Beautiful sunny breezy morning. A little more crowded than usual, but still got over 6 feet of distance from everyone. Heard a black capped chickadee calling out and waiting for an answer 3 times as I started my run:


Did I notice the river? I don’t remember.

The run was peaceful and relaxing but at moments, difficult and labored. I recited my poem–Ode to My Right Knee–a few times. Noticed how the alliteration for n was only 2 words: No noise. In some lines I found yesterday in my notes, I had 2 ns too: noisy nothingness

Anything else? Runners, bikers, and several pairs of walkers taking over the road. No turkeys. No way of seeing the river from high up on Edmund–too much green. Glanced at a few benches.

Thinking about green, here are a few lines about green in the spring, inspired by Rita Dove’s alliteration:

Ode to Green

Greedy green gluts gobbling gorges, grifting
vistas. Vast views vanished
or overrun. Orchestrated
take-overs: trees trimmed, tressed, twined,
voluminously vined.
Air altered. Advancing
leaves lining limbs
their thick thatches
blue-blocking blinding breathtaking.
Oh overcrowding obstruction! Oh
consuming, constricting color!

That’s all I have right now. I’ll keep working on it. I love the color green and seeing it in the spring, yet I dislike how excessive it is, how it overruns everything.

Started reading Marie Howe’s Magdalene last night. Wow! Love this poem:

Magdalene—The Seven Devils/ Marie Howe

“Mary, called Magdalene, from whom seven devils had been cast out”

Luke 8:2.

The first was that I was very busy.

The second—I was different from you: whatever happened to you could
not happen to me, not like that.

The third—I worried.

The fourth—envy, disguised as compassion.

The fifth was that I refused to consider the quality of life of the aphid,
The aphid disgusted me.  But I couldn’t stop thinking about it.
The mosquito too—its face.    And the ant—its bifurcated body.

Ok   the first was that I was so busy. 

The second that I might make the wrong choice,
because I had decided to take that plane that day,
that flight, before noon, so as to arrive early
and, I shouldn’t have wanted that.
The third was that if I walked past the certain place on the street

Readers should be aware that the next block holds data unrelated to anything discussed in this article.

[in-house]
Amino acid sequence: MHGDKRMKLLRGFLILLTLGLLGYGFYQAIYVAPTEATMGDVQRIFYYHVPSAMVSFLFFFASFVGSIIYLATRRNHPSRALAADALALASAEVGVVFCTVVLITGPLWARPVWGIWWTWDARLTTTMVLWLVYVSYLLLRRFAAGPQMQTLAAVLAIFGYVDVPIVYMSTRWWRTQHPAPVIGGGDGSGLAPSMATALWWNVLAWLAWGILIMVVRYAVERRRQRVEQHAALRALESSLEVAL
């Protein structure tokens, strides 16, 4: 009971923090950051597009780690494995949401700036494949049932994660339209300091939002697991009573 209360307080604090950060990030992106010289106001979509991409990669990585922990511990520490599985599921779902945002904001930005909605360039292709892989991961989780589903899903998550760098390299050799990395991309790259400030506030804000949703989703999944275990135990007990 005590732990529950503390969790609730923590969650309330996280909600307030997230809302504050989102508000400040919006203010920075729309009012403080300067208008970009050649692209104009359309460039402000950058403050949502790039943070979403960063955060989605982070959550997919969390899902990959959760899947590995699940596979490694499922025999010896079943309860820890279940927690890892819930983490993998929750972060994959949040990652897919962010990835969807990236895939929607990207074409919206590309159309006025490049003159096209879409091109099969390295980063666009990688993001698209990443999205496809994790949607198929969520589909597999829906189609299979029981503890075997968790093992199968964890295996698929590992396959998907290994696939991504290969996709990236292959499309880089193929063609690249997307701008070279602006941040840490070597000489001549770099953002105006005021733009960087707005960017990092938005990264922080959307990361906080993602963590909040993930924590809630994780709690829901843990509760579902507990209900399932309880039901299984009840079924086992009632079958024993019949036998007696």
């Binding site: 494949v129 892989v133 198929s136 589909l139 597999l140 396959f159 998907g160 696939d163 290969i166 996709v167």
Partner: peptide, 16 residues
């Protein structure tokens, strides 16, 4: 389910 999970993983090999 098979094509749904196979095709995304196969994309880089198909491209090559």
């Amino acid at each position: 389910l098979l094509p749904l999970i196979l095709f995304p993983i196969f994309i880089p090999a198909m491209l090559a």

the house would blow up.   

The fourth was that I was made of guts and blood with a thin layer
of skin lightly thrown over the whole thing.

The fifth was that the dead seemed more alive to me than the living

The sixth—if I touched my right arm I had to touch my left arm, and if I
touched  the left arm a little harder than I’d first touched the right then I had
to retouch the left and then touch the right again so it would be even.  

The seventh—I knew I was breathing the expelled breath of everything that
was alive, and I couldn’t stand it.
I wanted a sieve, a mask, a, I hate this word—cheesecloth—
to breath through that would trap it—whatever was inside everyone else that
entered me when I breathed in.

No.  That was the first one.

The second was that I was so busy.  I had no time.   How had this happened?
How had our lives gotten like this?

The third was that I couldn’t eat food if I really saw it—distinct, separate
from me in a bowl or on a plate. 

Ok. The first was that. I could never get to the end of the list.
The second was that the laundry was never finally done.

The third was that no one knew me, although they thought they did.
And that if people thought of me as little as I thought of them then what was

The fourth was I didn’t belong to anyone. I wouldn’t allow myself to belong
to anyone.

The fifth was that I knew none of us could ever know what we didn’t know.

The sixth was that I projected onto others what I myself was feeling.

The seventh was the way my mother looked   when she was dying, 
the sound she made—her mouth wrenched to the right and cupped open
so as to take in as much air… the gurgling sound, so loud
we had to speak louder to hear each other over it.

And that I couldn’t stop hearing it—years later—grocery shopping, crossing the street—

No, not the sound—it was   her body’s hunger
finally evident—what our mother had hidden all her life.

For months I dreamt of knucklebones and roots,   
the slabs of sidewalk pushed up like crooked teeth by what grew underneath.

The underneath.  That was the first devil.   It was always with me
And that I didn’t think you—if I told you—would understand any of this—

may 5/RUN

4 miles
river road, north/seabury, south/river road, south/edmund, south
48 degrees

Started my run listening to 2 male black-capped chickadees calling out to each other over and over again. Sometimes one after the other, sometimes on top of each other. I wish I could have recorded it. As they called out, I tried to remember the words to my recent poem about them. All I could think of was: “let’s do nothing—slow down/down size” and “hello? hello.”